Comment 4: So, be so kind to precise that in your text to avoid any misunderstanding. Comment 6: You should indicate that in your paper. Comment 12: I still suggest you amend this sentence, precising that it is site dependent, and that in some case, the improvement has been demonstrated. Comment 13: Could you also add: “sediment characteristics “. Comment 16: Yes, but what I meant is that it is generally not sufficient to conclude. It was just a comment. Comment 17: Thanks for the answer. I know the difference, but I think you have not understood my request. My concern is that you have still not indicated the exact unit in your paper. You must do it each time you present a phosphorus or a nitrogen value. So, as it is molar results, be so kind to replace phosphorus results in mg/l by mg PO4/l and nitrates by mg NO3/l. It would then be possible for every reader to have this key information that impacts the meaning of the values (there are a 3 fold ratio for phosphorus and 4 fold ratio for nitrogen between molar and atomic values). Comment 18: What do you mean by surface as well as ground water “more or less equal”? Do you mean that there are few inputs from surrounding groundwaters? If it is not the case, your fluxes evolve between the entrance and the output of your straights. Comment 19: You should address that issue in your discussion step, presenting that as a future assessment to perform. Comment 20: Not really. It is still in the text (lines 63, 201, 203, 205, 212, 226, 276) Comment 21: Could you add that rough estimation in the paper? Comment 22: May be, you could add that information in your paper. Comment 23: Thanks for the information. The sampling frequency is not an indication of residence time in the rivers. Could you clarify that issue ? Comment 24: You should discuss that issue in the discussion part of your paper, and propose that assessment as a future work to perform. Comment 27: I am still concerned about potential inputs from underground waters, and you have no data on that. So I suggest you address that issue in your paper as potential impacting factor that must be further studied in future works. Comment 28: As you mentioned, it can have a strong impact on water quality, then on rivers self-purification. You should address that issue as potential impacting in your discussion step of your paper. Comment 29 : May be you could be more precise including “(for instance organic fraction of nutrients)“ in lines 333-337 as an example. Comment 30: May be it could be useful to add this 95% reliability in the paper for clarification. Comment 31: OK but without any clear pattern on aquifer inputs, more especially for nitrates. Comment 32: In practice, suppressing flooded areas is counterproductive for long term quality of agricultural soils, and for ecological protection/development, more especially for biodiversity protection. Comment 33: I don‘t understand where are the class in this table. Be so kind to clarify.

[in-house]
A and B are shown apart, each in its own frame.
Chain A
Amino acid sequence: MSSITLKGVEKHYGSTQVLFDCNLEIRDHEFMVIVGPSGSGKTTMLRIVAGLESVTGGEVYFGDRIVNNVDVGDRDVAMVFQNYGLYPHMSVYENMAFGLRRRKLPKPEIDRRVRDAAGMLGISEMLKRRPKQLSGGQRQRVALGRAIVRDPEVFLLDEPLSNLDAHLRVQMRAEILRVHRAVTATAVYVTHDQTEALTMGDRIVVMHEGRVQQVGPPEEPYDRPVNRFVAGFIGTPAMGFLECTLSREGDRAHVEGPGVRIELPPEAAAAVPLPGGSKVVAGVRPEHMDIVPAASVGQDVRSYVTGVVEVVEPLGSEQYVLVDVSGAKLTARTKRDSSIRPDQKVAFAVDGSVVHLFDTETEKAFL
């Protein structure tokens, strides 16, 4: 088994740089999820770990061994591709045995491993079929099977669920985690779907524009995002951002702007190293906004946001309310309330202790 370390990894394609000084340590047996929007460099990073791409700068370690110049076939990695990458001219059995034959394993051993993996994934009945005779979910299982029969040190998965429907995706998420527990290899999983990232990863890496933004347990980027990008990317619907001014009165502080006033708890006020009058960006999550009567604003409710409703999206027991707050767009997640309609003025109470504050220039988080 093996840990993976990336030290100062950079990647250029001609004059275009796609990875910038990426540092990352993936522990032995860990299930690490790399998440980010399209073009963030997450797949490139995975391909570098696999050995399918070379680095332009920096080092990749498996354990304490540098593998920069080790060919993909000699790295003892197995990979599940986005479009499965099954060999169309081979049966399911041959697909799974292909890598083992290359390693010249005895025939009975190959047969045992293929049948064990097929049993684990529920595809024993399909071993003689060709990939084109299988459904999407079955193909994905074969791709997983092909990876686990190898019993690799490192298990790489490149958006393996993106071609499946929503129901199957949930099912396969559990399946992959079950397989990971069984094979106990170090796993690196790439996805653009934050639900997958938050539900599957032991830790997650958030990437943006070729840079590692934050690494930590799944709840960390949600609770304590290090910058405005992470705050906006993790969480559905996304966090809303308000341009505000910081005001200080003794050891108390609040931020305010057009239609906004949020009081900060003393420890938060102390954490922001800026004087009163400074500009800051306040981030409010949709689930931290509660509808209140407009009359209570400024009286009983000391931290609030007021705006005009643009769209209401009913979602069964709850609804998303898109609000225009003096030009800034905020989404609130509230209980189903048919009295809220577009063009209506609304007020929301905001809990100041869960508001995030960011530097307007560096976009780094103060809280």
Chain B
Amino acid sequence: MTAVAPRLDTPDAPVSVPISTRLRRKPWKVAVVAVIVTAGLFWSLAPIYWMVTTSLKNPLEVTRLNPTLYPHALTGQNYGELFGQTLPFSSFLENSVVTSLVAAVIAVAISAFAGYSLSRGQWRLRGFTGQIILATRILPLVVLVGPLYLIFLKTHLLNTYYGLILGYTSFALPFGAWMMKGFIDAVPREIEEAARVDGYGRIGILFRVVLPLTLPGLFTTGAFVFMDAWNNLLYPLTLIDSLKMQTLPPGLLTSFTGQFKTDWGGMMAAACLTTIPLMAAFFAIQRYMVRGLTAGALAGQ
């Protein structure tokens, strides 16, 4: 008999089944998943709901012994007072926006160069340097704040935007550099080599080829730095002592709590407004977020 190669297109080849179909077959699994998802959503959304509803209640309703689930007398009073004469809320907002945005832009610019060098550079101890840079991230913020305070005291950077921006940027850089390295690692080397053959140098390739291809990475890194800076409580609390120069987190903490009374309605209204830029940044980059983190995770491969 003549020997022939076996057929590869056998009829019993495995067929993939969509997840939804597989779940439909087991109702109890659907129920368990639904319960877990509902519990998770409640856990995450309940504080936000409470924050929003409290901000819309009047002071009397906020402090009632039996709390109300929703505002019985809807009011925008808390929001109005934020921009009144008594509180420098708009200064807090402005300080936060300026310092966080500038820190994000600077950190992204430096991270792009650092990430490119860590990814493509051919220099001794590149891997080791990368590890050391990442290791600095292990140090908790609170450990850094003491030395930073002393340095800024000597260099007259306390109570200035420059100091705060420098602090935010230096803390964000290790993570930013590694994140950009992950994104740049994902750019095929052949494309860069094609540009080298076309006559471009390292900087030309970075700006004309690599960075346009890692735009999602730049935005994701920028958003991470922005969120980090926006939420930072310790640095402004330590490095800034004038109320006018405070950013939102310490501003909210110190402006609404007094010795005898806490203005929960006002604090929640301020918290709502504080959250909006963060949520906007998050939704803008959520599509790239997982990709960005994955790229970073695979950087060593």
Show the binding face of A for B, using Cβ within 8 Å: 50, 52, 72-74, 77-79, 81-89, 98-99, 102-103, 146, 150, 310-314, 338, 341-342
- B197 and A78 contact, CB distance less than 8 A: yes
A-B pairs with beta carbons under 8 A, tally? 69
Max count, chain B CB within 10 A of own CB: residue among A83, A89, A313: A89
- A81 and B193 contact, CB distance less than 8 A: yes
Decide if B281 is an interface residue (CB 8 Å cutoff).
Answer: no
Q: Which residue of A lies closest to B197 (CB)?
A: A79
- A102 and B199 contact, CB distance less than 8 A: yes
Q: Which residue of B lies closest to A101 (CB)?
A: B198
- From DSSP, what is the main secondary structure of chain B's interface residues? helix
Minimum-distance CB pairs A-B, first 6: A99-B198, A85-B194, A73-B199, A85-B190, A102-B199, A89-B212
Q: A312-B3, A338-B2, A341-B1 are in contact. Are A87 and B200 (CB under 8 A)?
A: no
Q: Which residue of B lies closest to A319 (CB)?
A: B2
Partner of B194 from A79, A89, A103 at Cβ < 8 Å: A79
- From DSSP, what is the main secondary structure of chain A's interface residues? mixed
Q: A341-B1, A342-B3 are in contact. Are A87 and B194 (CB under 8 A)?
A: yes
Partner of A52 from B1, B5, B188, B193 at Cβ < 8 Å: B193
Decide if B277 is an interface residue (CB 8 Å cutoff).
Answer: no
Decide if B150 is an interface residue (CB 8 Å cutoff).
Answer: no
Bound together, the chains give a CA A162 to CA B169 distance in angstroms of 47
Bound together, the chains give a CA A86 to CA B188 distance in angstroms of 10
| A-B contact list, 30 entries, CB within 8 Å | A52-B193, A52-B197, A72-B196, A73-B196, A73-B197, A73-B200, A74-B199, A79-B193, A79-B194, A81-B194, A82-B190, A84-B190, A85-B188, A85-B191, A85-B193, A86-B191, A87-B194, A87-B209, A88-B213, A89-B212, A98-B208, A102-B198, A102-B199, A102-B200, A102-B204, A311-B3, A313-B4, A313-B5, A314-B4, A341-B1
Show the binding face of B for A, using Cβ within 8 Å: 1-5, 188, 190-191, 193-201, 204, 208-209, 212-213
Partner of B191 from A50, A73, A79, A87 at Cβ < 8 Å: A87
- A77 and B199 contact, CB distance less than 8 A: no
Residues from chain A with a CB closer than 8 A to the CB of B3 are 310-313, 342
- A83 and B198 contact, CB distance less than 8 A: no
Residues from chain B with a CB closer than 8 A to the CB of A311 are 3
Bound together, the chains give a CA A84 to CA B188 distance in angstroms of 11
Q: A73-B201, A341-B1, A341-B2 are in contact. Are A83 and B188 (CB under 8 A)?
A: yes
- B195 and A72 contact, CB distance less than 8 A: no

Comments for author File: Comments.pdf